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An amazing feature of modern societies is that people believe what they read in the newspapers. As a result, consensus narratives become established from hurried guesswork about facts and instant opinion based on that guesswork. If people want to read newspapers and to believe the narratives they spew out, they are likely also to buy books that distil these narratives and reconfirm their views. The reconfirmed views then become the "conventional wisdoms" which motivate political dialogue and government action.

 
Outside his comfort zone: Brown on holiday in August 2008, when he claims to have devised plans to recapitalize the banks and for quantitative easing (Chris Radburn/PA)

As Britain's prime minister, Gordon Brown was one of the most prominent participants in the financial crises of 2007 and 2008 that preceded the Great Recession of 2009. In his book Beyond the Crash (Simon & Schuster, £20), he has set out his version of these events, and it must be said that future historians will be grateful to him for the clarity and seriousness of the account. However, the book is largely a reworking of the consensus narrative that was forged, above all, by the Financial Times in 2007 and 2008, and endorses the now prevalent orthodoxy about the allocation of blame. 

According to the consensus narrative, financial institutions in the main advanced countries had indulged in an irresponsible credit binge in the years leading up to the closure of the international inter-bank market in August 2007. By implication, the subsequent inability of many commercial banks to fund their assets showed that they were "bust". When these banks asked the central banks in their respective nations for finance to replace the lost funding, they were deemed to be supplicants for "bail-outs" at the expense of the taxpayer.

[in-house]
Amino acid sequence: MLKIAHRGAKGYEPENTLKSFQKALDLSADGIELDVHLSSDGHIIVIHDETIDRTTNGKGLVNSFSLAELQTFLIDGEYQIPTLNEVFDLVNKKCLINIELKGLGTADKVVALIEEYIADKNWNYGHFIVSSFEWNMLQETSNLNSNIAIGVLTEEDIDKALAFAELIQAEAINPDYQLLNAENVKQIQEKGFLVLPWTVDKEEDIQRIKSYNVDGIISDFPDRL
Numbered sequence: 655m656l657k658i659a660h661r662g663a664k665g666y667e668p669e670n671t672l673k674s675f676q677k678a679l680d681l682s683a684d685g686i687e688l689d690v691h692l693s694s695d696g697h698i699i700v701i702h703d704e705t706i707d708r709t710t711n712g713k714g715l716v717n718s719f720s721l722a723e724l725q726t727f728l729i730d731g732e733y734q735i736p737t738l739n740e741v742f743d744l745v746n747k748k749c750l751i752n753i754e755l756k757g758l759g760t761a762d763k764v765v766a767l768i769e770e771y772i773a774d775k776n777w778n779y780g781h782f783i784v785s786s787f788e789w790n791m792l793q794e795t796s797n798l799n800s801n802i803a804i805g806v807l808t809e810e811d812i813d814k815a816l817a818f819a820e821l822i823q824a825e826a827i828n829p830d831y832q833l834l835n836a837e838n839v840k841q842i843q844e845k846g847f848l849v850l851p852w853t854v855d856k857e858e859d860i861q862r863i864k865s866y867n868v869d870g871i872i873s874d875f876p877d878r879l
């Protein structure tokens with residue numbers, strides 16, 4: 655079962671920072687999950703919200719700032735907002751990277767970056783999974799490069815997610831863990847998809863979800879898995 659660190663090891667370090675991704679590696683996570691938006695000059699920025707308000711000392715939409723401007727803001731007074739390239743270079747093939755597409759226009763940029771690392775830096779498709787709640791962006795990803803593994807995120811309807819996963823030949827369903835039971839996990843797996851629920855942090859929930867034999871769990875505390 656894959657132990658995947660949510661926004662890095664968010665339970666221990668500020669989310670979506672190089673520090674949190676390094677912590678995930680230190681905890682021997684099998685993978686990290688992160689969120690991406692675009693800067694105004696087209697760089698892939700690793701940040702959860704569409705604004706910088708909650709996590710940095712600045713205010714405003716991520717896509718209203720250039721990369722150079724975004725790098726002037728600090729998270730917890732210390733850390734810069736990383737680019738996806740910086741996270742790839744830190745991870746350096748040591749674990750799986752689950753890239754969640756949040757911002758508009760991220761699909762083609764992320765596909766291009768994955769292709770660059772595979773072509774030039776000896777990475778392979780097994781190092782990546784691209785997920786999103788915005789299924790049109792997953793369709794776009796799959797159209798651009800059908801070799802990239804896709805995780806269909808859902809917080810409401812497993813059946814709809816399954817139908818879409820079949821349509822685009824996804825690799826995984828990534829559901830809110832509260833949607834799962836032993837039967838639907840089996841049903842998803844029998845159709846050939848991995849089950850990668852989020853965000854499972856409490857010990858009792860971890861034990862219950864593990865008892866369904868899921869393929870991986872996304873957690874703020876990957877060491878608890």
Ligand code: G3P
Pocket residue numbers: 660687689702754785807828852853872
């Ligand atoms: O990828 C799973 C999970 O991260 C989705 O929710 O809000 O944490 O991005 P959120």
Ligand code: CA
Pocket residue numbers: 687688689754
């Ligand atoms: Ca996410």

The implied conventional wisdom is that the crisis can and should be blamed on the financial system, and has exposed a deep-seated flaw in free market capitalism. Moreover, since according to this view the banks were responsible for the disaster, they should "clean up their balance sheets". The recommended acts of cleansing include "fessing up" the true value of so-called "toxic assets", and then selling them and accepting "the hit" to profits. Detractors take it for granted that the bankers were lying about the quality of their assets and that these lies were part of a larger wickedness.  

Is it going too far to suggest that the anti-banker rhetoric has resembled the demands for ritual contrition and purification found in some religions? At any rate, in late 2008 and 2009 renouncing the toxic assets was only part of the envisaged process of rehabilitation. If the banking industry really wanted to return to a state of grace, a concerted move to greater balance-sheet safety was seen as the main priority. The conventional wisdom defined the move to safety in two main ways. First, on the liabilities side of the balance sheet,  banks should operate with higher ratios of capital to total assets than before, protecting the interests of their other creditors, particularly their depositors. Secondly, in the management of their assets, banks should place more emphasis on safety and liquidity. They should hold both more cash and more easily-sold assets like government securities, again relative to total assets.  

During the crisis Brown played a key role in promoting the conventional wisdom. One message of Beyond the Crash is that he has no doubts that he was right in every opinion he expressed and every action he took. The book is not a subtle exercise in dialectic which recognises that there are other points of view. On the first page of the introduction, Brown scorns "the head of one of Britain's biggest banks" — presumably Fred Goodwin — who told him on October 7, 2008, that the "only problem was cash flow". According to Brown, this bank's problems "were not short-term or simply about liquidity", but "structural and fundamental" because it "owned assets of unimaginable toxicity and had been left with too little capital to cover its losses". This is the conventional wisdom with knobs on.

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Jeremy Poynton
February 25th, 2011
4:02 PM
"One message of Beyond the Crash is that he has no doubts that he was right in every opinion he expressed and every action he took." When was he ever other than right in every opinion? The mark of a personality disordered human being.

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